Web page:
- US Edition
The Most Perfect Thing in the Universe
For fans of Shouting at the Rain by Lynda Mullaly and The Adventures of a Girl Called Bicycle by Christina Uss, a novel about one unadventurous girl who discovers she is anything but.
Eleven-year-old Loah Londonderry is definitely a homebody. While her mother, a noted ornithologist, works to save the endangered birds of the shrinking Arctic tundra, Loah anxiously counts the days till her return home. But then, to Loah’s surprise and dismay, Dr. Londonderry decides to set off on a perilous solo quest to find the Loah bird, long believed extinct. Does her mother care more deeply about Loah the bird than Loah her daughter?
Things get worse yet when Loah’s elderly caretakers fall ill and she finds herself all alone except for her friend Ellis. Ellis has big problems of her own, but she believes in Loah. She’s certain Loah has strengths that are hidden yet wonderful, like the golden feather tucked away on her namesake bird’s wing. When Dr. Londonderry’s expedition goes terribly wrong, Loah needs to discover for herself whether she has the courage and heart to find help for her mother, lost at the top of the world.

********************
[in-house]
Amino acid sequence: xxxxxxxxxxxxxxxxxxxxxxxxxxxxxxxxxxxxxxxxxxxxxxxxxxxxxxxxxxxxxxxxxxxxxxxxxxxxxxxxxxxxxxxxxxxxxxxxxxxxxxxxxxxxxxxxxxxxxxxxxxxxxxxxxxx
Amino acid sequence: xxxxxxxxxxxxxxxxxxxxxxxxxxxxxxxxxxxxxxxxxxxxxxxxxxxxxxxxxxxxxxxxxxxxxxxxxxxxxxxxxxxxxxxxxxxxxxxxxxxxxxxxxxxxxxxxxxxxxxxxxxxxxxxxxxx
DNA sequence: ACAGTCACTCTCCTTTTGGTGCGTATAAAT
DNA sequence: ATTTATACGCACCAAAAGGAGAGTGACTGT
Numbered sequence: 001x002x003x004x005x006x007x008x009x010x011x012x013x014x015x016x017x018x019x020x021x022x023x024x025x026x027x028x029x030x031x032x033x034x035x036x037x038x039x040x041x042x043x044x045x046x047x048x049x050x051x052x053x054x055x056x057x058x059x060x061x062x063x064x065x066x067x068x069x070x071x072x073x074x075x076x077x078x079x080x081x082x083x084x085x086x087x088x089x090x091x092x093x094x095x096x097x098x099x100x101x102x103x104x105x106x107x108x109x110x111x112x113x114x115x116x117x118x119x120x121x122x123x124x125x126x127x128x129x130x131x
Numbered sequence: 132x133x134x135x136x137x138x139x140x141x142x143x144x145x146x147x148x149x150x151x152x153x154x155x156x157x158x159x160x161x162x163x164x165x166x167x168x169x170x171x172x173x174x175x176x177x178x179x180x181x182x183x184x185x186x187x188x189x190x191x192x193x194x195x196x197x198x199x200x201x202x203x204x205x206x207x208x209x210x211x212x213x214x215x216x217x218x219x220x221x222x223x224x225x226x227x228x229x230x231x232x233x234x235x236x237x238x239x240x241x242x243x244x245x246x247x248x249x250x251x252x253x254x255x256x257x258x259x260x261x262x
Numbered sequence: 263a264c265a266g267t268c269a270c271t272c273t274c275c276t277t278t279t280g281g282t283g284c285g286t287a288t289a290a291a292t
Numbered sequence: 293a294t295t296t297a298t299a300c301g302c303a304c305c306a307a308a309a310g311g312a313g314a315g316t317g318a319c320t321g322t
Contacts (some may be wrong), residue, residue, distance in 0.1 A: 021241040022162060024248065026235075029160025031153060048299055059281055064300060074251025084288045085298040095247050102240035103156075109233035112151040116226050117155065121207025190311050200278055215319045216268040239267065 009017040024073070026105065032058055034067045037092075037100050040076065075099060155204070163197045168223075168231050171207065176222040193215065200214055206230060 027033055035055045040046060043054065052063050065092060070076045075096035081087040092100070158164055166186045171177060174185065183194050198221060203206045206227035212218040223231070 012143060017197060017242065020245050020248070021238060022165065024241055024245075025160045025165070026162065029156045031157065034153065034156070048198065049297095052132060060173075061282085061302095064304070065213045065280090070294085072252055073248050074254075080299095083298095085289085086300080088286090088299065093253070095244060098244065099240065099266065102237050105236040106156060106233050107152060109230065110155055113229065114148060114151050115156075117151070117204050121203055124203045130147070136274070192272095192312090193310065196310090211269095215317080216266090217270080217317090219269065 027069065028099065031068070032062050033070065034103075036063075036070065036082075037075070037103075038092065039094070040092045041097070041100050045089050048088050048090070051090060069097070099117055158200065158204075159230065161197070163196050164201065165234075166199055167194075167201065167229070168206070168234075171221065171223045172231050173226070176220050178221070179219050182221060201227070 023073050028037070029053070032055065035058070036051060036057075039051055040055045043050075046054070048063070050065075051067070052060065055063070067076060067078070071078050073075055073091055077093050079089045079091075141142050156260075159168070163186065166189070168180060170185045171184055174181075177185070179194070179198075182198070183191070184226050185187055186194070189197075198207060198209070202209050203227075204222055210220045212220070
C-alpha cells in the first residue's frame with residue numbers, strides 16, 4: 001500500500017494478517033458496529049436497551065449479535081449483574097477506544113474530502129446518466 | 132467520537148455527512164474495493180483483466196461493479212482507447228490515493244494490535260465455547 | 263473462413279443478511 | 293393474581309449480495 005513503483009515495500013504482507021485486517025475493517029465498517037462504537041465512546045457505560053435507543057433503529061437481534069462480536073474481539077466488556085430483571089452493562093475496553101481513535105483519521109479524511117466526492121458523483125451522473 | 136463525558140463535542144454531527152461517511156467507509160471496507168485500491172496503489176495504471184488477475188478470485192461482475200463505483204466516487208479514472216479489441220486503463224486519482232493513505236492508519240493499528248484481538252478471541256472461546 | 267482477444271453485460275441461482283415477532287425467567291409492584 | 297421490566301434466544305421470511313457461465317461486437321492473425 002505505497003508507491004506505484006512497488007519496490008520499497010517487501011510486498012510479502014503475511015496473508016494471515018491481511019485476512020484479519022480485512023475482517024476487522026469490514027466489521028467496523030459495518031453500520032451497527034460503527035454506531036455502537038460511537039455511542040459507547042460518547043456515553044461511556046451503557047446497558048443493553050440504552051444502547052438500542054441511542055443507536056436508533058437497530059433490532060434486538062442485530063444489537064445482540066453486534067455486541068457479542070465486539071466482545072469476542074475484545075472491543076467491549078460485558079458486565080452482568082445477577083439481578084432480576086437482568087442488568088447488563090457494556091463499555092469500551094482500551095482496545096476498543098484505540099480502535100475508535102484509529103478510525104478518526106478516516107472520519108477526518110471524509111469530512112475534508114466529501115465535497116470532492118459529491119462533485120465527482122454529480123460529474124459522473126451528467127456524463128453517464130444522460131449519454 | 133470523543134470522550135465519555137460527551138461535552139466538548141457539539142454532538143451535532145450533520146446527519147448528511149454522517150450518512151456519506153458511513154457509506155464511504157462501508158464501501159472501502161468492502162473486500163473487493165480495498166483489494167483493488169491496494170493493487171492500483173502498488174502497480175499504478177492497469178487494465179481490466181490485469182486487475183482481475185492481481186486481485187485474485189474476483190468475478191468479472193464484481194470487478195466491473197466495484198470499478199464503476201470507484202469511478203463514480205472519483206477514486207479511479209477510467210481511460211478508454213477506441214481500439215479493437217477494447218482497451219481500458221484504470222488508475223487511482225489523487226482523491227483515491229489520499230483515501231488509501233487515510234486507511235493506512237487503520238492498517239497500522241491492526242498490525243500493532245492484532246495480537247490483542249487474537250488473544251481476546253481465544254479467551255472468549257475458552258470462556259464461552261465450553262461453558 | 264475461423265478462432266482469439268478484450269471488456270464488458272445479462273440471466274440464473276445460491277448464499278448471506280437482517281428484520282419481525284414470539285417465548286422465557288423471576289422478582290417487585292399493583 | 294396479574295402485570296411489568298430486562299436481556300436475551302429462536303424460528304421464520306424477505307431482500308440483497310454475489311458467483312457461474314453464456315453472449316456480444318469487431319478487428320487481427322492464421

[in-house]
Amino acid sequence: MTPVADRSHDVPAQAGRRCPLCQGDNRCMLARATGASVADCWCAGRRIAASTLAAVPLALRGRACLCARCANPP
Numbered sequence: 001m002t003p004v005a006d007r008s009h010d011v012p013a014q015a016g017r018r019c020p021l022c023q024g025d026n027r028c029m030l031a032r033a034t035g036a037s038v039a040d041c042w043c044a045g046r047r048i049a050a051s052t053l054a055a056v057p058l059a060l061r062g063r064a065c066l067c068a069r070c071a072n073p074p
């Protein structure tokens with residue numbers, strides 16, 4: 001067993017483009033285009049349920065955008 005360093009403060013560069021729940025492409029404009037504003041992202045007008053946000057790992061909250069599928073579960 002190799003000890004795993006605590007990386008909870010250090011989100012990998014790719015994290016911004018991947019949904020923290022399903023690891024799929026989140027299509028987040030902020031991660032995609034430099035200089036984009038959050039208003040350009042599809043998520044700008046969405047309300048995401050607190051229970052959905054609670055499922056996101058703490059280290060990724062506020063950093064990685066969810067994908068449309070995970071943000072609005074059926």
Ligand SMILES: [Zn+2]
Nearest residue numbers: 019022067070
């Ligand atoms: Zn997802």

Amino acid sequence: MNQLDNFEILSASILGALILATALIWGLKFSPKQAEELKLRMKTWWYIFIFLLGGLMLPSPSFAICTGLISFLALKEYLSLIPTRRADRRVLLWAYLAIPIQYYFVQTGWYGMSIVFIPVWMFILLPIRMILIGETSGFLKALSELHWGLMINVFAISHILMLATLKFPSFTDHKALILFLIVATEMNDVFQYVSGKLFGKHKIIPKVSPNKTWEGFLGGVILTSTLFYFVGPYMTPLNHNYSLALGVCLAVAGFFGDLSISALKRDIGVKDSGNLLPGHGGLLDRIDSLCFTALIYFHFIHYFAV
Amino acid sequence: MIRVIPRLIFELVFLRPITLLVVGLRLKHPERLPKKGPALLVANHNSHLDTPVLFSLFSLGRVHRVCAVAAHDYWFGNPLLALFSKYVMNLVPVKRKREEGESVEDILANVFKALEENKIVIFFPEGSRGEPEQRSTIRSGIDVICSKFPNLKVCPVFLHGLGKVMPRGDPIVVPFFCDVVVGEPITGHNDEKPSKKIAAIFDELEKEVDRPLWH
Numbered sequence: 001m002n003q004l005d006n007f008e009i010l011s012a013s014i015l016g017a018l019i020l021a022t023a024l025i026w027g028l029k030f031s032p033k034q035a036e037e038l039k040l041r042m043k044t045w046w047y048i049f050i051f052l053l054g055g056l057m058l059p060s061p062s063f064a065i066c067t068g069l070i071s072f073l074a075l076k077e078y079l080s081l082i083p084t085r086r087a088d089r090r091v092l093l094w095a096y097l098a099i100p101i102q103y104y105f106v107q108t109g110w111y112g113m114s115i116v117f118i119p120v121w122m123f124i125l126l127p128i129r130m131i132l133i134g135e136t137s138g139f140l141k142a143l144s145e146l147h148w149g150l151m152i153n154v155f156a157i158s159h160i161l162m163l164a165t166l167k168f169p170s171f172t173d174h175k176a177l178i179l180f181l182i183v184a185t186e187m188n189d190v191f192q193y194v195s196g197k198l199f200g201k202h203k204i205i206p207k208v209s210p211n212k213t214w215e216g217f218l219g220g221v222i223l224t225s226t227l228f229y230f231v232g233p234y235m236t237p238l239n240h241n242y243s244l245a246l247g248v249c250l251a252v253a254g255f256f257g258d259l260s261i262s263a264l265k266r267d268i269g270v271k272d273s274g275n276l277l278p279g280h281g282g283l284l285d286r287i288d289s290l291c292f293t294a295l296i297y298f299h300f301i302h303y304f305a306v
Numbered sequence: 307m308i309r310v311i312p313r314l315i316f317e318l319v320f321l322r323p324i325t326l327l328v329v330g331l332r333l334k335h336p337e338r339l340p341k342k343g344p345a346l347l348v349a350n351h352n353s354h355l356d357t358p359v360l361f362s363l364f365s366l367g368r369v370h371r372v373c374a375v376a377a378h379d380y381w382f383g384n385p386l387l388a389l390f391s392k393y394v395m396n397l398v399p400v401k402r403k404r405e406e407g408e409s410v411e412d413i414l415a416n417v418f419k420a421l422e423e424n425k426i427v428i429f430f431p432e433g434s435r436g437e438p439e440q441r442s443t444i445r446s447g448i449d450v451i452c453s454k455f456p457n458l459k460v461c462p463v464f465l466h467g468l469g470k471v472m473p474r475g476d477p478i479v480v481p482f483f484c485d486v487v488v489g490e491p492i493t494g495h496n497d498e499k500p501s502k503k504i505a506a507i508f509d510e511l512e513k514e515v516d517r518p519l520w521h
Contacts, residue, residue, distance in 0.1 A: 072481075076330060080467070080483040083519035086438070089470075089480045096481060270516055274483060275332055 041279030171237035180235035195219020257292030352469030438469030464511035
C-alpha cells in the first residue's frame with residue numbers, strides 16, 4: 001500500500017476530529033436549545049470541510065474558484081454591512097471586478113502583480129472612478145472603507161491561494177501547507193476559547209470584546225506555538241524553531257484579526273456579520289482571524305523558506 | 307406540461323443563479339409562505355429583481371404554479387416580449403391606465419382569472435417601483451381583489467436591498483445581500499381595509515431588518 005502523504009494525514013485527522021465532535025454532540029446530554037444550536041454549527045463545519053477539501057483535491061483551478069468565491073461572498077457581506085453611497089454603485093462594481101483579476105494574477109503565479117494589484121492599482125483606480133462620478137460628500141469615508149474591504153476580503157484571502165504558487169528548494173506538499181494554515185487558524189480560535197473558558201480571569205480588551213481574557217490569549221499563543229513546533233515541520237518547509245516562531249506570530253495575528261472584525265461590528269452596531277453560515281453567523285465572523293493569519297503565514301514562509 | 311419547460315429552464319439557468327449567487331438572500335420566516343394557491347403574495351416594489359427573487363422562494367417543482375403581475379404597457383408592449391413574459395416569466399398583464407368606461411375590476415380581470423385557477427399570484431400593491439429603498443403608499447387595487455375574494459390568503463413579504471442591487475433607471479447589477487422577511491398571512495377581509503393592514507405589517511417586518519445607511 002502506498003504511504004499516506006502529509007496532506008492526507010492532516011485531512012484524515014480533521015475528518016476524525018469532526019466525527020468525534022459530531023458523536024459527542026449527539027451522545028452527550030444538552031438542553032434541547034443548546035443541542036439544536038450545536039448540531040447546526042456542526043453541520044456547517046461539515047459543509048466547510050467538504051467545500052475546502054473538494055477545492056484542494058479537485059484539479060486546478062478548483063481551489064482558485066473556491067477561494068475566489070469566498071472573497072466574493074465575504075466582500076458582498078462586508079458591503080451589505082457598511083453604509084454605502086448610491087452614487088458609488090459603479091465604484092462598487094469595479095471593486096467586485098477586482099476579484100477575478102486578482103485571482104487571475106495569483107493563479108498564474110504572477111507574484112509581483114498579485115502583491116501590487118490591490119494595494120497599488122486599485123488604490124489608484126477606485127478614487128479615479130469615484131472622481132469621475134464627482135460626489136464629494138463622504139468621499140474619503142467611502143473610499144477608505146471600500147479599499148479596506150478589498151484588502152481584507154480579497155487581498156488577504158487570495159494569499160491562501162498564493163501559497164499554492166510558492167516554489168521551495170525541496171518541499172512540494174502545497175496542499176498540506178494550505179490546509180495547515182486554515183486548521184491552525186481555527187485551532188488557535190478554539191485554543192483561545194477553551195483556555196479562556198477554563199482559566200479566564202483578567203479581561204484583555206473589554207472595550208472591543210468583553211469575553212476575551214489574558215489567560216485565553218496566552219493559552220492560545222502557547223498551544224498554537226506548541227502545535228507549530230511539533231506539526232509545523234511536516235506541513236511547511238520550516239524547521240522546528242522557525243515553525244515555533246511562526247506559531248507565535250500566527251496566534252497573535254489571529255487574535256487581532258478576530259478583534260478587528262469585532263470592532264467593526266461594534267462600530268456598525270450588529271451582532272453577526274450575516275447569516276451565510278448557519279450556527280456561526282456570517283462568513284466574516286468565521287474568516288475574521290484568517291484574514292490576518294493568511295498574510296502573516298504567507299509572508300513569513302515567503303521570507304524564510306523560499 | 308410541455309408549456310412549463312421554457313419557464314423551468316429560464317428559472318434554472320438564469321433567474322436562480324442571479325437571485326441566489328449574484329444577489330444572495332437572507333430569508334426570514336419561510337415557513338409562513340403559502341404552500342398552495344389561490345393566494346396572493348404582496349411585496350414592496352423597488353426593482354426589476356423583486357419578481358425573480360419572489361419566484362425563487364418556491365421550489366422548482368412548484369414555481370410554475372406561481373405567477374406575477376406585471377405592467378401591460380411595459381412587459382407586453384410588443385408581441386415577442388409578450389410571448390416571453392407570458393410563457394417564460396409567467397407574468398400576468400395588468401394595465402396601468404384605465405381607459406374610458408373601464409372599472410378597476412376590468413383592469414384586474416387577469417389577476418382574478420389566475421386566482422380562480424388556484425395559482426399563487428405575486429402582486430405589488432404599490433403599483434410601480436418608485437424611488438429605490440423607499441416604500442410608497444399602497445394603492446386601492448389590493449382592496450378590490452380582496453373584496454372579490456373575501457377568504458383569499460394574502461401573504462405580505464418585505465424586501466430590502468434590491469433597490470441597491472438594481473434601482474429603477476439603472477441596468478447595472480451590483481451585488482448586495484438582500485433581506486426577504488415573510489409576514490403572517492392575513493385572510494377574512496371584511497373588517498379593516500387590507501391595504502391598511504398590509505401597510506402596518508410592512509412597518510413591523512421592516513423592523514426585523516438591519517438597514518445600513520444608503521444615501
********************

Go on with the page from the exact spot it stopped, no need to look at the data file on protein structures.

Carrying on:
Beautifully written, The Most Perfect Thing in the Universe is about expeditions big and small, about creatures who defy gravity and those of us who are bound by it.
World English Language & Chinese (simplified and complex): Holiday House (June 2021)
Starred review from Publishers Weekly
Starred review from Kirkus
“Satisfying and life affirming: a perfect thing in the universe of juvenile fiction.”
Junior Library Guild selection
Tricia Springstubb has written several MG novels, all published by HarperCollins, which have been very well received – the latest being EVERY SINGLE SECOND. She is also the author of the CODY chapter-book series, published by Candlewick, with whom she also has a picture book, PHOEBE AND DIGGER.
She worked for many years as a children’s librarian in a public library, and has also been a frequent book critic for a Cleveland newspaper. In 2009 one of her short stories won the Iowa Review Fiction Award, judged by Ann Patchett. She is also a recipient of an Ohio Arts Council grant for her work.